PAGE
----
Thursday, May 22, 2008
Re Cycle beneath the wheel
People, myself included, talk about reducing our "carbon footprint", a term about to disappear from overexposure the same way any word repeated over and over loses its meaning as it is replaced by noise. At the same time we blog about it, consuming terawatts of carbon producing power exacerbated by the inefficiency of bloated operating systems, the apparently innocuous white screen of Google, by the energy consumed by the avatars in virtual worlds that need to be kept virtually alive by the server nodes and the computers around the world that hum incessantly without any hope of ever being silent.
Our self-made society has plugged a cannula into our collective vein, to transfuse itself into the mind of the machine, which like a life support system we cannot disconnect, or at least we think we can't, that is, until the plug is pulled by the system itself when no longer needs any more information, other than the one it itself generates.
On to the practicum.
Since I detest plastic and the many woes and sickness that has come as a result of its indiscriminate use, I try to target it as a primary candidate for recycling, which is just a palliative approach to the real problem. In any case, I took the vacuformed package of the "energy saving" bulbs that we use nowadays, and just as I was about to send it into its recyling path, I noticed a form which reminded me of ancient alchemical apparatuses which I needed to create for the robotic-marionette stage. So here is the process:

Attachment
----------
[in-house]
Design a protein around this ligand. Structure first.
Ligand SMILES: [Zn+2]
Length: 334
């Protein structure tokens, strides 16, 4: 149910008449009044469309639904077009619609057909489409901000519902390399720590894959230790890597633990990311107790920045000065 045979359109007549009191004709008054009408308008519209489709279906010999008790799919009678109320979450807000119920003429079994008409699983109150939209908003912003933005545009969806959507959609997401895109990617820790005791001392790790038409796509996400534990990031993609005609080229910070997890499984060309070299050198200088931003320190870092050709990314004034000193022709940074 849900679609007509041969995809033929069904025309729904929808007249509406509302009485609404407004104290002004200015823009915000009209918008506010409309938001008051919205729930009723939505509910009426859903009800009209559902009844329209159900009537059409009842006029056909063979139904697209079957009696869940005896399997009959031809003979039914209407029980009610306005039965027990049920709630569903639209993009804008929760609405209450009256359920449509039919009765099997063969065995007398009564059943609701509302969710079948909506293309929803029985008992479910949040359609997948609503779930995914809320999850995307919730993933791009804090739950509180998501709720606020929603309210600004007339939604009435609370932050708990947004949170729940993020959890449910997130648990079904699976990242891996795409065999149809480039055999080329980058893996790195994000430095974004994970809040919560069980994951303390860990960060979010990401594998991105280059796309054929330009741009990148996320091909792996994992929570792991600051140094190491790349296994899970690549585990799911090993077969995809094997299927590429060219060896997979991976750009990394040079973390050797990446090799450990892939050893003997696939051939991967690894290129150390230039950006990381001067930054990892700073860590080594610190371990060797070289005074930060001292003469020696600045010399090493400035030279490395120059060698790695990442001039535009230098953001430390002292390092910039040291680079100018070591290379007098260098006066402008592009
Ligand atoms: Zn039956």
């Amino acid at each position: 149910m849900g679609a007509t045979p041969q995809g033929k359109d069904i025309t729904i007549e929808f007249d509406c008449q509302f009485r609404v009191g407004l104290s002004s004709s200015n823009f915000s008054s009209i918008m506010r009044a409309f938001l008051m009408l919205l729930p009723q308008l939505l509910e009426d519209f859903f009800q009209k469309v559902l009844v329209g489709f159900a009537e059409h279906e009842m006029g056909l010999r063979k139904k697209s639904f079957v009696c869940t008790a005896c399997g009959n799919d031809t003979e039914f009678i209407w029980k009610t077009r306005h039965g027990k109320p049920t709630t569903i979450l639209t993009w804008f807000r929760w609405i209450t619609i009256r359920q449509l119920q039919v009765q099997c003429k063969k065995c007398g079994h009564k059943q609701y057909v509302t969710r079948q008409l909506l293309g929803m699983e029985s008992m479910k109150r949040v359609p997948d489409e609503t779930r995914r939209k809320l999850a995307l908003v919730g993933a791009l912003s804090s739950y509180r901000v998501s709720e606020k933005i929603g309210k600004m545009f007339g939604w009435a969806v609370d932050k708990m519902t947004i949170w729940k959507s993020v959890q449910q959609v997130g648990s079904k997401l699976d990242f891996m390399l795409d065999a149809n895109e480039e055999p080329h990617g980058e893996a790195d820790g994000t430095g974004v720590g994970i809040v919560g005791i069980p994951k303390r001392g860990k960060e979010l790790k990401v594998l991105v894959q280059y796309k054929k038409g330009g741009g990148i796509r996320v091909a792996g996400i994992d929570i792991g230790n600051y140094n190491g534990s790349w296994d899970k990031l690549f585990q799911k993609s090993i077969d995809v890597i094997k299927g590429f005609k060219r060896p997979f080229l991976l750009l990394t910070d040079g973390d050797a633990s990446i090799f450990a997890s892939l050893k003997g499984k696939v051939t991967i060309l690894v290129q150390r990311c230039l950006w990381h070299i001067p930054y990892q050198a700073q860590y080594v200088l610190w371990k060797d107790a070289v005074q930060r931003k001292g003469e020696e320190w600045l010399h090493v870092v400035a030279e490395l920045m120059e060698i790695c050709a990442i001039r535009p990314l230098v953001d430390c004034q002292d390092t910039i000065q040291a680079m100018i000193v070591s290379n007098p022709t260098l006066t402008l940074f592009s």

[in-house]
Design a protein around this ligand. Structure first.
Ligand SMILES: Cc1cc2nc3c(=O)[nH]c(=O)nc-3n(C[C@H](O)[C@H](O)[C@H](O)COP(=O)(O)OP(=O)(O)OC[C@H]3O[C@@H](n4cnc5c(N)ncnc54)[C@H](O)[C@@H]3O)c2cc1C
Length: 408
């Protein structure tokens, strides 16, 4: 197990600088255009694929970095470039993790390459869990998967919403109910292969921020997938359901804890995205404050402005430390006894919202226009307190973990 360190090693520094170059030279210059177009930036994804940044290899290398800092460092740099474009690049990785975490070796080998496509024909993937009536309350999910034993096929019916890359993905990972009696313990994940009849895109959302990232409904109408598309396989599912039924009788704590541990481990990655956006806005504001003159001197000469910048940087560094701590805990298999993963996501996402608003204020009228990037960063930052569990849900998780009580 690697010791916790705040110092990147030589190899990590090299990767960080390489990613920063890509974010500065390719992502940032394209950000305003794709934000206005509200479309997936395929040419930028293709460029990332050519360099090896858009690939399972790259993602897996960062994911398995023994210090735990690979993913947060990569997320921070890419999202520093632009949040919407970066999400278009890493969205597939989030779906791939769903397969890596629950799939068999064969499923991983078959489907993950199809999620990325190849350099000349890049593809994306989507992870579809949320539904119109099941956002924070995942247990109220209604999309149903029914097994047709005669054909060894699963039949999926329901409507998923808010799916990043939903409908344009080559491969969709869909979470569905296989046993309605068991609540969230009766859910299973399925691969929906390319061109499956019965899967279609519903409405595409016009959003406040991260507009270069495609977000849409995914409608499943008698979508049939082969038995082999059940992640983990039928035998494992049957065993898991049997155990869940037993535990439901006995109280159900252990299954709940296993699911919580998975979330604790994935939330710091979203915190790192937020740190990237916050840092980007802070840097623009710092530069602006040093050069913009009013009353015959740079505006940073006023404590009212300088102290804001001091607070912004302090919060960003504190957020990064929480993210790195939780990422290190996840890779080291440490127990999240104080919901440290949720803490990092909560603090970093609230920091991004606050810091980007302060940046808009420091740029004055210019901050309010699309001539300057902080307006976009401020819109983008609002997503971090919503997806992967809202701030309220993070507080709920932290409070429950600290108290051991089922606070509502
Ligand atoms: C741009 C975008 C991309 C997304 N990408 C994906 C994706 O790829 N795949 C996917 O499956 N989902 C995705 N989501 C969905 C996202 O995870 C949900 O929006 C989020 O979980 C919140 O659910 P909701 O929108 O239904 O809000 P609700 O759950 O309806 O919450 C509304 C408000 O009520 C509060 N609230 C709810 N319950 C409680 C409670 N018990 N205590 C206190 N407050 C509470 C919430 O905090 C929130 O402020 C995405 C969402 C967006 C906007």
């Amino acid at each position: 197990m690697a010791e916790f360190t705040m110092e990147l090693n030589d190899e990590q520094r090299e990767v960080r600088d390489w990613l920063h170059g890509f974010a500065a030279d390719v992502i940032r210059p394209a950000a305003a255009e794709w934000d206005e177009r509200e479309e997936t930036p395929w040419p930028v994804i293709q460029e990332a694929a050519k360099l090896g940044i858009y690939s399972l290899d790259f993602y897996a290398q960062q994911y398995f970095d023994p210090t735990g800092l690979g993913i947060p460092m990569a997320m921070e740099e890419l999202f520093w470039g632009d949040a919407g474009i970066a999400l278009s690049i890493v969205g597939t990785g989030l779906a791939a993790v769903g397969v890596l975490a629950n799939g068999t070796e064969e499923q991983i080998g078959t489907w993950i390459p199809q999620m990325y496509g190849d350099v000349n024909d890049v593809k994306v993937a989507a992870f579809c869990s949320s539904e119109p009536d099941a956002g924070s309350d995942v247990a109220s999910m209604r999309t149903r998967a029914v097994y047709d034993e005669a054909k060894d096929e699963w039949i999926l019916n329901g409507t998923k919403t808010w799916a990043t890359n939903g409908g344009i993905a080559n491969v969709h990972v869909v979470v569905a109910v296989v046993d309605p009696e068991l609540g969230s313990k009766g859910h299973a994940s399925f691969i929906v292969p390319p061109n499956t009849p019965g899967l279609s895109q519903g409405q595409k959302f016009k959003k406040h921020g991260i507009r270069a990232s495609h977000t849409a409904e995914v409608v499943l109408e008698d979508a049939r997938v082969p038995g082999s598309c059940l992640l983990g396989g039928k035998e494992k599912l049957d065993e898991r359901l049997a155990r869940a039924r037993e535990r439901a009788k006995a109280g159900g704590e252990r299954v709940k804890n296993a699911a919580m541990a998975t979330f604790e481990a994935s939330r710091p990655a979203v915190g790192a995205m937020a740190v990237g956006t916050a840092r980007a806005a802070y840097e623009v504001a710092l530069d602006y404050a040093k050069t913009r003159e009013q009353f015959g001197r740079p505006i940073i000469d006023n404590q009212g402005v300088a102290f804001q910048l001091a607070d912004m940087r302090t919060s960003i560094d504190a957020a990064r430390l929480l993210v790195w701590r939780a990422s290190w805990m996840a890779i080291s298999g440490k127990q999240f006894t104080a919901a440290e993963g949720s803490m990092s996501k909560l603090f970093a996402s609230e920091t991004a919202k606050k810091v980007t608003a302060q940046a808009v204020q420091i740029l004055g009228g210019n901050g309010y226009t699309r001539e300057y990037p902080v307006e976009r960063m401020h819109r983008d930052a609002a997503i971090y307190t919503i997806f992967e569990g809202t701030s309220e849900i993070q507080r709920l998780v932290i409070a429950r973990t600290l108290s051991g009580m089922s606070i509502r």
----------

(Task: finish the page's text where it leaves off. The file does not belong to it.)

The background, built over the "hardware cloth" is semi-translucent, with the most translucent parts being the "genetic" containers which will transmute common information into a panacea.
A digital projector, fed with data generated imagery will fill up the vessels as well as create the fluid digital environment where the Creator lives.
Here is the very first test as seen from behind, where I am trying unsuccessfully to line up, scale and correct the angle distortion. As you can see I missed the mark by a few centimeters. I am now in the process of positioning the elements as close as I can to the target, given the limitations of inexact everything.